criminals from young people that have tried drugs is without sense. This
is not a good road."
  In recent years, several European and Eastern European nations -
including the United Kingdom, Russia, Belgium, Croatia and Portugal - have
liberalized and/or decriminalized the possession and use cannabis.
  For a summary of European cannabis laws, please visit:http://www.norml.org/index.cfm?Group_ID=5445
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Comment #5 posted by siege on January 20, 2005 at 17:06:14 PT
pharmaceutical crops
It is time to take the LEO to court for not doing there JOB of protecting the citizens of there state. any resident of any state that has programs for medical marijuana. it is just like any other Drugs that you take to stay healthy.
When these people are caught they should be chared with the same as one that robbed a     ...."pharmaceutical crops".
This is what they are "pharmaceutical crops"
when they are hold the paper's work for the state there in.
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Comment #4 posted by JustGetnBy on January 20, 2005 at 14:22:56 PT
Thieves and LowLifes
The innuendo here is that Cannabis is the cause of the thefts and assaults. PROHIBITION !!!! is the culprit.Thieves and lowlifes will steal anything of value that is not well protected.Heck, by that logic convenience stores are the cause of petty theft and robbery.
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Comment #3 posted by tokenitallup4162 on January 20, 2005 at 13:36:25 PT:
another reason for legalising!!!
good article afterburner, I just recently gotten some medicinal smoke that seems to have been hidden in perfume, SHREWW... man it's rough, throwed it away and went to supplier and told him to get this crap off the streets. seemed to work for now. it is a shame when kids have to exploit their ripoff technics to get their money, I guess this is another reason for getting smoke legalised, Toker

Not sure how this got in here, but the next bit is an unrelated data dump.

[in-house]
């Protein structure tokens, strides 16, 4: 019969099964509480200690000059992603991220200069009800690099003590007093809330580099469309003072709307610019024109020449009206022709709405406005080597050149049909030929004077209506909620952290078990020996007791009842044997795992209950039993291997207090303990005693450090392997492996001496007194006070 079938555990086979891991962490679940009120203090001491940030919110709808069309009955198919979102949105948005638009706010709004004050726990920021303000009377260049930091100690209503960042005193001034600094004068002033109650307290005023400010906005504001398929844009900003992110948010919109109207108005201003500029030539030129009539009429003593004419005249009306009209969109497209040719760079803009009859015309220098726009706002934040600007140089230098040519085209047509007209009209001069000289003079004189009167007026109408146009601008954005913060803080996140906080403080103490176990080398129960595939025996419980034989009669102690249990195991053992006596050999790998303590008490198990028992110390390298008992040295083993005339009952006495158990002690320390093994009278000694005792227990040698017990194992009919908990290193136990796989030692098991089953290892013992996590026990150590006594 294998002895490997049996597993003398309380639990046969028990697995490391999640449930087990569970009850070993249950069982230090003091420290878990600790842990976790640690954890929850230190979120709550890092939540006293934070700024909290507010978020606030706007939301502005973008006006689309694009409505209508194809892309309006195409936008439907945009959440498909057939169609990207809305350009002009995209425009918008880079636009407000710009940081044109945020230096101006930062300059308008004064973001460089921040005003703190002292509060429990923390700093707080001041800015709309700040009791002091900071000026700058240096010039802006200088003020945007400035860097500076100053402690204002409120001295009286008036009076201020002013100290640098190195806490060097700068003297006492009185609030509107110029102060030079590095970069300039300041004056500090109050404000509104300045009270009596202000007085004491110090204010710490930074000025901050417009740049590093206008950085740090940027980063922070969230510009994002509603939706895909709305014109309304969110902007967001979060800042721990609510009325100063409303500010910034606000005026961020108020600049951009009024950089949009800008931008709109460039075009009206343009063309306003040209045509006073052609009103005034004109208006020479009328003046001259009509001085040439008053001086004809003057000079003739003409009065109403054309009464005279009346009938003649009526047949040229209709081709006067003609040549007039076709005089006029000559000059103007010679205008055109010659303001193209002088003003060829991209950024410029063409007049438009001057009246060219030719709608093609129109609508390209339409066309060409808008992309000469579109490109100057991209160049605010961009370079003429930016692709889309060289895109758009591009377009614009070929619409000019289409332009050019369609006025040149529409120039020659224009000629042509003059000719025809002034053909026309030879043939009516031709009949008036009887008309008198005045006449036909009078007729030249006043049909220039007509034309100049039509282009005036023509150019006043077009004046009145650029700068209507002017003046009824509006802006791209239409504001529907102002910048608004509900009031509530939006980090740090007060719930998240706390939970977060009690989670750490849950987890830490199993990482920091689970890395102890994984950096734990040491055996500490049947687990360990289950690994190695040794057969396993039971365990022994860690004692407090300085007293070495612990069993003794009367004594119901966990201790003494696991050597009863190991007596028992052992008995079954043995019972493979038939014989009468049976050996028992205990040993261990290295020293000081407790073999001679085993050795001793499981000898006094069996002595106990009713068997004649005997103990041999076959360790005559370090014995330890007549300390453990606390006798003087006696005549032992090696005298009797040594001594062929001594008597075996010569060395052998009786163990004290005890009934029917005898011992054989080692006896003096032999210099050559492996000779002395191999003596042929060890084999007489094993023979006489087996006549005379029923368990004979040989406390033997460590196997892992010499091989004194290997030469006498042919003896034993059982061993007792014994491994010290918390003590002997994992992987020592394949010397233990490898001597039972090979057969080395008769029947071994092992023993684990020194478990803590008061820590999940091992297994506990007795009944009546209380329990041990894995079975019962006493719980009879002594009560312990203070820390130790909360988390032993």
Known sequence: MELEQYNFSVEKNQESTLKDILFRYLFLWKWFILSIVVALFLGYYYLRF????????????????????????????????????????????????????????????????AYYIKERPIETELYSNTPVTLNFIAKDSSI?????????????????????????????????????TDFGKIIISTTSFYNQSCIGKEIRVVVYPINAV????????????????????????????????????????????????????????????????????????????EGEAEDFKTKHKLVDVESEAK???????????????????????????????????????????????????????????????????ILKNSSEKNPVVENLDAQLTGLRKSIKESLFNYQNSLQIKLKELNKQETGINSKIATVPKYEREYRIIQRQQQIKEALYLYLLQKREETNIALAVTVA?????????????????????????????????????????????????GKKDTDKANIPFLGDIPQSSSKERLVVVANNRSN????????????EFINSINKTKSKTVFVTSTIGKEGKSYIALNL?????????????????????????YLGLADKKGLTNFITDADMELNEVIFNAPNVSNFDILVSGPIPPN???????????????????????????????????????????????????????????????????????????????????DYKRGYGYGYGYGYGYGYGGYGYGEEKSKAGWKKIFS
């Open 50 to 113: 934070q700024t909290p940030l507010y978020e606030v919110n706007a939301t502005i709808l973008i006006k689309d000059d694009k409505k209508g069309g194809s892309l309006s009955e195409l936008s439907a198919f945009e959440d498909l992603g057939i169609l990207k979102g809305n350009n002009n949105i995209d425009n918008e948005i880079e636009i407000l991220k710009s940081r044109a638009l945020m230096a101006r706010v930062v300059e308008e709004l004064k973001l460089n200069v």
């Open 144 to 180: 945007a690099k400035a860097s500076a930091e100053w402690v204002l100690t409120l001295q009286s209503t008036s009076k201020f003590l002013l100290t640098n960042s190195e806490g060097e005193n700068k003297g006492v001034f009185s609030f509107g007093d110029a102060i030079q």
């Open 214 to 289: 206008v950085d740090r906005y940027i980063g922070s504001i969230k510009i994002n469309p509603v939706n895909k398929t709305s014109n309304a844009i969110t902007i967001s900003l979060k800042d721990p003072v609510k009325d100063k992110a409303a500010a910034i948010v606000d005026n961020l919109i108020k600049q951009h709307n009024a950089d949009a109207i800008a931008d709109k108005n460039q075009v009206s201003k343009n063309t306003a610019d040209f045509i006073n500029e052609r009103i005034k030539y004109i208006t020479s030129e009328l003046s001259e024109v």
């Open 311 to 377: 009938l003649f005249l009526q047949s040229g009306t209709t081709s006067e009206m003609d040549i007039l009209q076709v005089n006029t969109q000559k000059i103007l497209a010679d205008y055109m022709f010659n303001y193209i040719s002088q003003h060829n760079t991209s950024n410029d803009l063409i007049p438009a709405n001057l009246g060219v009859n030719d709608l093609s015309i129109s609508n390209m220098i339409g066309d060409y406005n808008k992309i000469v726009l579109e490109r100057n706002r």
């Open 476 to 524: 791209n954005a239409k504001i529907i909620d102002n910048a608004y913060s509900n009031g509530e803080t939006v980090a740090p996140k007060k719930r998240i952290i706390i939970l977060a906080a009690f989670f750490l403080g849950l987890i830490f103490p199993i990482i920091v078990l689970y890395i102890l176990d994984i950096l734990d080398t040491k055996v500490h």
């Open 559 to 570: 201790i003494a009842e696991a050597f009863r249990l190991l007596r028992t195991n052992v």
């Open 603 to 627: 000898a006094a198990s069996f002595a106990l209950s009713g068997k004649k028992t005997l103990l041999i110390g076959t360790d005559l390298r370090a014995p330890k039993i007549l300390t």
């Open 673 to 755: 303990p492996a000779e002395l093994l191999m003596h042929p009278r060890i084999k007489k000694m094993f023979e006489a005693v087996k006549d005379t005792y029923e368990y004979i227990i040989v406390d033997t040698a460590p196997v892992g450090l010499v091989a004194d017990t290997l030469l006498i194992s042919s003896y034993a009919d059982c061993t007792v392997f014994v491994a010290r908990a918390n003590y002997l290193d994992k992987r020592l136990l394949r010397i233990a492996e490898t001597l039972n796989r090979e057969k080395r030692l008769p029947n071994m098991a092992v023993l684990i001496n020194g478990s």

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Comment #2 posted by kaptinemo on January 20, 2005 at 13:29:41 PT:
Ever get that feeling?
The one you get when you're watching some idiotic game show on the Tube, and the contestant has just been pitched one of those moldy-oldie softball questions like "Who's buried in Grant's Tomb?" and the contestant freezes. You are practically screaming at the boob to make the obvious answer...and he flubs it.Every time one of these LEO Einsteins is interviewed, they make the obvious lead up...and just like the goof-ball contestant, fail to deliver the goods: This grow-ripping happens because of the UNNECESSARY ILLEGALITY of the product. No one is assaulting closet rutabega growers. It's enough to make you wistful about eugenics...
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Comment #1 posted by afterburner on January 20, 2005 at 13:25:43 PT
Watch Out, ''Lacing'' Seems to Be Back in Fashion
ctv.ca, Canada, Tue., Jan. 18 2005
 
Beaconsfield Junior High School in St. John's, Nfld.
  St. John's teens sickened by tainted pot
CTV.ca News Staff
http://www.ctv.ca/servlet/ArticleNews/story/CTVNews/1106088378338_2{Police are investigating after three St. John's, Nfld. teenagers became ill after smoking some apparently toxin-laced marijuana.{Two of the teens -- a 14-year-old female and a 15-year-old male -- were taken to hospital . A 13-year-old male was treated by a paramedic on Monday.{Police said the condition of one of the boys was serious.{"At the time the male was taken from the school he was in a semi-conscious state," Staff Sgt. June Layden told NTV News on Tuesday.{Police speculate the three teens were experimenting with drugs over their lunch hour and what they thought was marijuana was in fact contaminated with some type of poison.{"We came to the understanding that these students on their lunch on their lunch hour purchased drugs from a fellow student," Layden said.{"On returning to school, they started to suffer some very ill effects -- throwing up, very lethargic, things like that."{No arrests have been made yet. The police investigation is continuing.{"We do have an indication as to who the other student was that sold the drugs," Layden said.{"Unfortunately, at this point we haven't been able to obtain a sample for analysis of what these students consumed and that is something we would like to do, to be able to determine for sure what they ingested."{Beaconsfield Junior High School has co-operated with police and is stepping up its drug education program.}